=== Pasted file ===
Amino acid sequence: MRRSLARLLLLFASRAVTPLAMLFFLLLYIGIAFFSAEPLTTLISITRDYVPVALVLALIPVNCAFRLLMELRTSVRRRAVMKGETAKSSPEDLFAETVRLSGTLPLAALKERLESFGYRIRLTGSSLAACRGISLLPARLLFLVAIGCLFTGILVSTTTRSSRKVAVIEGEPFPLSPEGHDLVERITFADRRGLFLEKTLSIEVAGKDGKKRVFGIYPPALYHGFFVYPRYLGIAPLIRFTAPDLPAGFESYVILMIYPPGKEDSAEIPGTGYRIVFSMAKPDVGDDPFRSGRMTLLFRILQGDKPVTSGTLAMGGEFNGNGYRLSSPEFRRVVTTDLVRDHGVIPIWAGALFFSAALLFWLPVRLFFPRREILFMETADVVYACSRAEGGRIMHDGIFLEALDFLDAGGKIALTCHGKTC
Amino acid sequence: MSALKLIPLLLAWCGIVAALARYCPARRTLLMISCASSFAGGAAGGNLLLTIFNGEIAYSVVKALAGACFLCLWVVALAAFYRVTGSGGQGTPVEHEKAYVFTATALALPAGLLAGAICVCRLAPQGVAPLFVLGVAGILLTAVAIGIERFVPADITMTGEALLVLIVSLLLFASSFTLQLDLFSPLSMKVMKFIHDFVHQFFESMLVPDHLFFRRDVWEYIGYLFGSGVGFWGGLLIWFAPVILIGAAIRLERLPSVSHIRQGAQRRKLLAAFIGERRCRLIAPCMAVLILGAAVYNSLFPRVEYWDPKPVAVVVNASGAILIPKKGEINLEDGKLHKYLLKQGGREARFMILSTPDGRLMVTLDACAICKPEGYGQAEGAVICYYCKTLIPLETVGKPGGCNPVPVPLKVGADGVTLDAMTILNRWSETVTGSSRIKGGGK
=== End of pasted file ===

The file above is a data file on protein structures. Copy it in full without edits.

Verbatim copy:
Amino acid sequence: MRRSLARLLLLFASRAVTPLAMLFFLLLYIGIAFFSAEPLTTLISITRDYVPVALVLALIPVNCAFRLLMELRTSVRRRAVMKGETAKSSPEDLFAETVRLSGTLPLAALKERLESFGYRIRLTGSSLAACRGISLLPARLLFLVAIGCLFTGILVSTTTRSSRKVAVIEGEPFPLSPEGHDLVERITFADRRGLFLEKTLSIEVAGKDGKKRVFGIYPPALYHGFFVYPRYLGIAPLIRFTAPDLPAGFESYVILMIYPPGKEDSAEIPGTGYRIVFSMAKPDVGDDPFRSGRMTLLFRILQGDKPVTSGTLAMGGEFNGNGYRLSSPEFRRVVTTDLVRDHGVIPIWAGALFFSAALLFWLPVRLFFPRREILFMETADVVYACSRAEGGRIMHDGIFLEALDFLDAGGKIALTCHGKTC
Amino acid sequence: MSALKLIPLLLAWCGIVAALARYCPARRTLLMISCASSFAGGAAGGNLLLTIFNGEIAYSVVKALAGACFLCLWVVALAAFYRVTGSGGQGTPVEHEKAYVFTATALALPAGLLAGAICVCRLAPQGVAPLFVLGVAGILLTAVAIGIERFVPADITMTGEALLVLIVSLLLFASSFTLQLDLFSPLSMKVMKFIHDFVHQFFESMLVPDHLFFRRDVWEYIGYLFGSGVGFWGGLLIWFAPVILIGAAIRLERLPSVSHIRQGAQRRKLLAAFIGERRCRLIAPCMAVLILGAAVYNSLFPRVEYWDPKPVAVVVNASGAILIPKKGEINLEDGKLHKYLLKQGGREARFMILSTPDGRLMVTLDACAICKPEGYGQAEGAVICYYCKTLIPLETVGKPGGCNPVPVPLKVGADGVTLDAMTILNRWSETVTGSSRIKGGGK